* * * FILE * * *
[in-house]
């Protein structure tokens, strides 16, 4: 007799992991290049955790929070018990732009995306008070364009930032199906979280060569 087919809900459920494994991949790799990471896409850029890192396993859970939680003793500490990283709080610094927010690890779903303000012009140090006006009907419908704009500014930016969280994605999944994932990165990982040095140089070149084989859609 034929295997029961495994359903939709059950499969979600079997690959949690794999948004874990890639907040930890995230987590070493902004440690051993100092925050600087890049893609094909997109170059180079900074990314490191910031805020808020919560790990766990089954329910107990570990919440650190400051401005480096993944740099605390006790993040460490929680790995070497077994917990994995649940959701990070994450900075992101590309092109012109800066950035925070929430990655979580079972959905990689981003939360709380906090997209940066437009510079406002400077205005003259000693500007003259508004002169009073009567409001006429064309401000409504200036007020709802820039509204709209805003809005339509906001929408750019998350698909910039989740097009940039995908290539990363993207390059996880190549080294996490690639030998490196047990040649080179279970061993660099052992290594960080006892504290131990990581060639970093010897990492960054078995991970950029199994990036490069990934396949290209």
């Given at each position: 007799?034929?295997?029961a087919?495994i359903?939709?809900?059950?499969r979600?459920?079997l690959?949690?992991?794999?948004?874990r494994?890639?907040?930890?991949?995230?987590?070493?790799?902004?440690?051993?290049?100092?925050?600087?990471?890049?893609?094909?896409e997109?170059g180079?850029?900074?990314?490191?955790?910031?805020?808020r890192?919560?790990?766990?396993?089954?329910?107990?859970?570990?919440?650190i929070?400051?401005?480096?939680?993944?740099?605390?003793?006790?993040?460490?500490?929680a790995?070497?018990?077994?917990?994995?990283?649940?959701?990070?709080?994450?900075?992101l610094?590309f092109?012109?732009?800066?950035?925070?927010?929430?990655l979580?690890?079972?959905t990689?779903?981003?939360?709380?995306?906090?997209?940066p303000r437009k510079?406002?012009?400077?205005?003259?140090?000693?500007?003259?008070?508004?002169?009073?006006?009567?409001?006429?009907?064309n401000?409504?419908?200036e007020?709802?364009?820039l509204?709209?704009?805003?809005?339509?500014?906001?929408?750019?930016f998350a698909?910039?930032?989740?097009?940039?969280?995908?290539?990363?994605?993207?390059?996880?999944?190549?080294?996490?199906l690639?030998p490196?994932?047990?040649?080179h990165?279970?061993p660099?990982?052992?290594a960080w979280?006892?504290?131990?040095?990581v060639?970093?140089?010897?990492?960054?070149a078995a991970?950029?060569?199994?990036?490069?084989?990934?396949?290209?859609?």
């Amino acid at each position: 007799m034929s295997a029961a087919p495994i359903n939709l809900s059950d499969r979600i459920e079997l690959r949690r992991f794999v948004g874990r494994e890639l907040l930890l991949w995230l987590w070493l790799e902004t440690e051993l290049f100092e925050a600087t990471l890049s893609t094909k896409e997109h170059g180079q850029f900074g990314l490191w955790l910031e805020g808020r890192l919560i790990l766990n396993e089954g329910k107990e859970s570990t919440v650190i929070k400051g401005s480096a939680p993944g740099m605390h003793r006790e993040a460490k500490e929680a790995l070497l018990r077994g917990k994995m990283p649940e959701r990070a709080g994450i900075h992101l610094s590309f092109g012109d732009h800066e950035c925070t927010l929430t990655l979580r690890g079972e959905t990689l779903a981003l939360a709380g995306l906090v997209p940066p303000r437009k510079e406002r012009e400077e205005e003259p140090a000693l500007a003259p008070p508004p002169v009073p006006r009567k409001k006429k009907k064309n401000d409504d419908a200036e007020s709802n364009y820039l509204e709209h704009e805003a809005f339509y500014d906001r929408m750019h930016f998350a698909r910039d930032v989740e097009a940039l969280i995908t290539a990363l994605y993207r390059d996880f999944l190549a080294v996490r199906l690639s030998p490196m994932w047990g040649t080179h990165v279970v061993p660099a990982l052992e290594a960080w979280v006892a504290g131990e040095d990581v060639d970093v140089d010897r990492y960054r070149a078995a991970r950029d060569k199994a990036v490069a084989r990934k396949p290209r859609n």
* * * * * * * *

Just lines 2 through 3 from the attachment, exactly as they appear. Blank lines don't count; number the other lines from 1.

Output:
């Protein structure tokens, strides 16, 4: 007799992991290049955790929070018990732009995306008070364009930032199906979280060569 087919809900459920494994991949790799990471896409850029890192396993859970939680003793500490990283709080610094927010690890779903303000012009140090006006009907419908704009500014930016969280994605999944994932990165990982040095140089070149084989859609 034929295997029961495994359903939709059950499969979600079997690959949690794999948004874990890639907040930890995230987590070493902004440690051993100092925050600087890049893609094909997109170059180079900074990314490191910031805020808020919560790990766990089954329910107990570990919440650190400051401005480096993944740099605390006790993040460490929680790995070497077994917990994995649940959701990070994450900075992101590309092109012109800066950035925070929430990655979580079972959905990689981003939360709380906090997209940066437009510079406002400077205005003259000693500007003259508004002169009073009567409001006429064309401000409504200036007020709802820039509204709209805003809005339509906001929408750019998350698909910039989740097009940039995908290539990363993207390059996880190549080294996490690639030998490196047990040649080179279970061993660099052992290594960080006892504290131990990581060639970093010897990492960054078995991970950029199994990036490069990934396949290209």
């Given at each position: 007799?034929?295997?029961a087919?495994i359903?939709?809900?059950?499969r979600?459920?079997l690959?949690?992991?794999?948004?874990r494994?890639?907040?930890?991949?995230?987590?070493?790799?902004?440690?051993?290049?100092?925050?600087?990471?890049?893609?094909?896409e997109?170059g180079?850029?900074?990314?490191?955790?910031?805020?808020r890192?919560?790990?766990?396993?089954?329910?107990?859970?570990?919440?650190i929070?400051?401005?480096?939680?993944?740099?605390?003793?006790?993040?460490?500490?929680a790995?070497?018990?077994?917990?994995?990283?649940?959701?990070?709080?994450?900075?992101l610094?590309f092109?012109?732009?800066?950035?925070?927010?929430?990655l979580?690890?079972?959905t990689?779903?981003?939360?709380?995306?906090?997209?940066p303000r437009k510079?406002?012009?400077?205005?003259?140090?000693?500007?003259?008070?508004?002169?009073?006006?009567?409001?006429?009907?064309n401000?409504?419908?200036e007020?709802?364009?820039l509204?709209?704009?805003?809005?339509?500014?906001?929408?750019?930016f998350a698909?910039?930032?989740?097009?940039?969280?995908?290539?990363?994605?993207?390059?996880?999944?190549?080294?996490?199906l690639?030998p490196?994932?047990?040649?080179h990165?279970?061993p660099?990982?052992?290594a960080w979280?006892?504290?131990?040095?990581v060639?970093?140089?010897?990492?960054?070149a078995a991970?950029?060569?199994?990036?490069?084989?990934?396949?290209?859609?």